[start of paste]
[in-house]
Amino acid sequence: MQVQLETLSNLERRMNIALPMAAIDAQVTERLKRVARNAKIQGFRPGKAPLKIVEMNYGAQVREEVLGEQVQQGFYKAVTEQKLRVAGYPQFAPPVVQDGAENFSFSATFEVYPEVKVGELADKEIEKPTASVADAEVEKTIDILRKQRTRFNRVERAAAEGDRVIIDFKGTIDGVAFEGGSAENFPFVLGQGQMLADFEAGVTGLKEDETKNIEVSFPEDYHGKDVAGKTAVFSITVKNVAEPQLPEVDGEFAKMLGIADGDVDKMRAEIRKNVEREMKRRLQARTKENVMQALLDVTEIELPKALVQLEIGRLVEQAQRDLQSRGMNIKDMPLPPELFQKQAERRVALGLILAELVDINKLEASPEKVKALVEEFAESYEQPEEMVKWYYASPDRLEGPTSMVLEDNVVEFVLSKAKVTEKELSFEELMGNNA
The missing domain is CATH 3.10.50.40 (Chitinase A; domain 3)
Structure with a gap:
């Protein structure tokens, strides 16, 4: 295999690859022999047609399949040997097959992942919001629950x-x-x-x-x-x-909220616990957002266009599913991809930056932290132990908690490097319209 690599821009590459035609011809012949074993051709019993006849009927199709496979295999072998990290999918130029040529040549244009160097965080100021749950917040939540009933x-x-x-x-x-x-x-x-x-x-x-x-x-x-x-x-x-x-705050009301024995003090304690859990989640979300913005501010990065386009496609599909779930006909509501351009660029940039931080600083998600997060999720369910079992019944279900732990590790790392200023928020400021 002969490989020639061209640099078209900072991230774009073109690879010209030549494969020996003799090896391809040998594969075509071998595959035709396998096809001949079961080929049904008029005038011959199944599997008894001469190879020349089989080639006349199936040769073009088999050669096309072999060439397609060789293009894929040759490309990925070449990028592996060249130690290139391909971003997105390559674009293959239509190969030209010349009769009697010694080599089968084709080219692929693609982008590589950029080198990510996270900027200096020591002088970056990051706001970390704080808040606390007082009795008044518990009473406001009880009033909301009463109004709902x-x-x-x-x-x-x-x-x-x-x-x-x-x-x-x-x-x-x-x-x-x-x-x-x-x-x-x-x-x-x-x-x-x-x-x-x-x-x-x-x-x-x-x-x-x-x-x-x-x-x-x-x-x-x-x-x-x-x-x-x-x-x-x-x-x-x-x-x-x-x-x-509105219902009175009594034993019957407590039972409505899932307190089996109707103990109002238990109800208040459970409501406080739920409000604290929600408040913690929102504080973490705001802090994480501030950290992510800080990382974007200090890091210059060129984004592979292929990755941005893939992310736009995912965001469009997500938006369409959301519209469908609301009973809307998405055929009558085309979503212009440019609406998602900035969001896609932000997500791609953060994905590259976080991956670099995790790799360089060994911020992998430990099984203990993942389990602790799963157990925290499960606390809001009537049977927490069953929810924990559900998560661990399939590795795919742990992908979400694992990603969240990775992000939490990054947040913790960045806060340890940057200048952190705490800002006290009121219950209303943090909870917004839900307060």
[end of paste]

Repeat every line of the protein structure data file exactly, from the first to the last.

[in-house]
Amino acid sequence: MQVQLETLSNLERRMNIALPMAAIDAQVTERLKRVARNAKIQGFRPGKAPLKIVEMNYGAQVREEVLGEQVQQGFYKAVTEQKLRVAGYPQFAPPVVQDGAENFSFSATFEVYPEVKVGELADKEIEKPTASVADAEVEKTIDILRKQRTRFNRVERAAAEGDRVIIDFKGTIDGVAFEGGSAENFPFVLGQGQMLADFEAGVTGLKEDETKNIEVSFPEDYHGKDVAGKTAVFSITVKNVAEPQLPEVDGEFAKMLGIADGDVDKMRAEIRKNVEREMKRRLQARTKENVMQALLDVTEIELPKALVQLEIGRLVEQAQRDLQSRGMNIKDMPLPPELFQKQAERRVALGLILAELVDINKLEASPEKVKALVEEFAESYEQPEEMVKWYYASPDRLEGPTSMVLEDNVVEFVLSKAKVTEKELSFEELMGNNA
The missing domain is CATH 3.10.50.40 (Chitinase A; domain 3)
Structure with a gap:
């Protein structure tokens, strides 16, 4: 295999690859022999047609399949040997097959992942919001629950x-x-x-x-x-x-909220616990957002266009599913991809930056932290132990908690490097319209 690599821009590459035609011809012949074993051709019993006849009927199709496979295999072998990290999918130029040529040549244009160097965080100021749950917040939540009933x-x-x-x-x-x-x-x-x-x-x-x-x-x-x-x-x-x-705050009301024995003090304690859990989640979300913005501010990065386009496609599909779930006909509501351009660029940039931080600083998600997060999720369910079992019944279900732990590790790392200023928020400021 002969490989020639061209640099078209900072991230774009073109690879010209030549494969020996003799090896391809040998594969075509071998595959035709396998096809001949079961080929049904008029005038011959199944599997008894001469190879020349089989080639006349199936040769073009088999050669096309072999060439397609060789293009894929040759490309990925070449990028592996060249130690290139391909971003997105390559674009293959239509190969030209010349009769009697010694080599089968084709080219692929693609982008590589950029080198990510996270900027200096020591002088970056990051706001970390704080808040606390007082009795008044518990009473406001009880009033909301009463109004709902x-x-x-x-x-x-x-x-x-x-x-x-x-x-x-x-x-x-x-x-x-x-x-x-x-x-x-x-x-x-x-x-x-x-x-x-x-x-x-x-x-x-x-x-x-x-x-x-x-x-x-x-x-x-x-x-x-x-x-x-x-x-x-x-x-x-x-x-x-x-x-x-509105219902009175009594034993019957407590039972409505899932307190089996109707103990109002238990109800208040459970409501406080739920409000604290929600408040913690929102504080973490705001802090994480501030950290992510800080990382974007200090890091210059060129984004592979292929990755941005893939992310736009995912965001469009997500938006369409959301519209469908609301009973809307998405055929009558085309979503212009440019609406998602900035969001896609932000997500791609953060994905590259976080991956670099995790790799360089060994911020992998430990099984203990993942389990602790799963157990925290499960606390809001009537049977927490069953929810924990559900998560661990399939590795795919742990992908979400694992990603969240990775992000939490990054947040913790960045806060340890940057200048952190705490800002006290009121219950209303943090909870917004839900307060």